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Do you have the 'I'm outahere' mind-set?

Article

It's Monday morning, and only three clients came in.

It's Monday morning, and only three clients came in. Where are the dozen clients a solo practice usually has to squeeze in?

"I'm dying here!" said one distraught caller. "I don't know whether it's me, the economy or what. If I can find somewhere near here where I can keep some of my clients, great, but otherwise I'm outahere!"

The call brought back memories of two prior recessions that hit hard. The first was the 1973 oil-crisis recession that lasted two years. I was only one year into my first practice, and while my business growth probably was slower than it would have been otherwise, it was still growth. Bank loans helped me through that one.

The second was in the early 80's and that one was particularly difficult. Business dropped 30 percent, and I was very tempted to throw in the towel and move. I would have if my consulting career had not taken off, providing me with the income that was missing from my practice. Were it not for that, I would have sought greener pastures because I was surrounded by desperate people clawing to feed their families.

I was three miles from the more affluent pet owners closer to the city center. Across from me was a large development of very low-income service workers interspersed with those who gained their daily bread from transporting and selling certain agricultural products from South America. Behind me was a huge celebrity development that, after 10 years, allowed no pets.

It was a mistake not to move, but I was ignorant of practice-location methods at the time. One area looked as good or as bad as another, and I could not afford to make another bad selection. When times are hard, people won't travel any more than they have to, so if you are not in a productive population center, you have "had it."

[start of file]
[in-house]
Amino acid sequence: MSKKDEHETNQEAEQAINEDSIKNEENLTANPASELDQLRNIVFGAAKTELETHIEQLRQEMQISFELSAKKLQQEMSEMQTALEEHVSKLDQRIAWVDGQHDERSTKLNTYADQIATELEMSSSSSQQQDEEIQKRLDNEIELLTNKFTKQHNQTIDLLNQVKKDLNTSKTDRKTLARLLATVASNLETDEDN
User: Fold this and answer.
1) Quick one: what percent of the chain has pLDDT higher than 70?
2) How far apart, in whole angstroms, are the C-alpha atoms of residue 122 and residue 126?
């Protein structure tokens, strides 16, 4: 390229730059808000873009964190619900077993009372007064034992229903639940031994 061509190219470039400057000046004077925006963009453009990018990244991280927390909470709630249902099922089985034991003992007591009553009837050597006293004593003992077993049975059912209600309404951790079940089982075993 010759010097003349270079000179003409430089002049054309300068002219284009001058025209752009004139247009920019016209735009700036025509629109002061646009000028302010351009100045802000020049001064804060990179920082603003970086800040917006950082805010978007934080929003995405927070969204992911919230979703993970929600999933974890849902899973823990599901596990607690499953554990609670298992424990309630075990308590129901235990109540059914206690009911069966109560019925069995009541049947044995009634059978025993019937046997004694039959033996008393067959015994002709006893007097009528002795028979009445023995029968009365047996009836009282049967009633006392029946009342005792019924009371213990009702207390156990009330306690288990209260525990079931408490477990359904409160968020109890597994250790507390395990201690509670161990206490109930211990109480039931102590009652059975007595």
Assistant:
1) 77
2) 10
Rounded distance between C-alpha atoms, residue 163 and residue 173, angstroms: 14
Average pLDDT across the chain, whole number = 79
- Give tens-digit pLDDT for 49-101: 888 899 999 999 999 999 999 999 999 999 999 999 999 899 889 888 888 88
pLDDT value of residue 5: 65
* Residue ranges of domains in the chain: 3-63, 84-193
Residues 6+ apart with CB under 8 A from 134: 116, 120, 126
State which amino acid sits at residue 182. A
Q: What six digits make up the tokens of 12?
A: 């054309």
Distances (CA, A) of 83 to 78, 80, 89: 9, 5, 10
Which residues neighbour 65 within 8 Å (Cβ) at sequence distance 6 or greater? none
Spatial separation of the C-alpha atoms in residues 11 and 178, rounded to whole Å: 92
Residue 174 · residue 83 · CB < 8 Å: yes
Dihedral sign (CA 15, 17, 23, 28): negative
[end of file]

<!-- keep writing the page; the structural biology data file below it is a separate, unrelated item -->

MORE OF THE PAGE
Choosing the right location

Here are five key factors to be considered in choosing a recession-resistant location, assuming one is using reliable 2008 demographics:

1. A five-year population forecast showing adequate current population and significant growth and potential for new clients.

2. Family incomes capable of supporting an average hospital transaction and quality diagnostic and surgical procedures.

3. Total consumer purchasing indicative of quality-minded clients.

4. Current expenditure for pets consistent with expected use of veterinary services.

5. Discretionary income as measured by greater than average dining outside the home.

Today, computer algorithms can search for areas near your desired area that score highest under each of those five criteria. The combined weighted scores can then be mapped.

When you have selected a couple of the best-looking sites, then the feasibility of each can be studied to determine how much revenue per veterinarian a practice in that location, considering competition and marketing share, can be expected to generate. Then you can make an intelligent selection.

A bit of explanation; In a fishing tournament, one individual occasionally may catch a longer fish, another a heavier one, while a third occasionally might catch more fish. But the individual who consistently catches more than the average number of fish, longer and heavier than average, is the one to bet on to win the tournament.

Each of the five criteria above must meet or exceed the needs of a successful animal hospital; combined, they will project the greatest opportunity.

It is not enough today to have excellent medical skills. One also must be perceived as a caring doctor with a caring staff. Further, even a caring staff of 10 can be destroyed by the effect of one member who alienates a client. These are what we call energy vampires, and every practice has had one or more at some time in their history.

Assuming that the energy vampires have been vanquished, your location is the most important factor in your success or failure.

I can understand the "I'm outahere" position. Just don't take a bold leap into a galaxy where no hospital has gone before without doing your homework.

Much of the information you require is out there on the commercial demographics internet for a fee that pales in comparison to the cost of failure.

Go forth and prosper.

Dr. Snyder publishes Veterinary Productivity, a newsletter for practice productivity. He can be reached at 112 Harmon Cove Towers Secaucus, NJ 07094; (800) 292-7995; Vethelp@comcast

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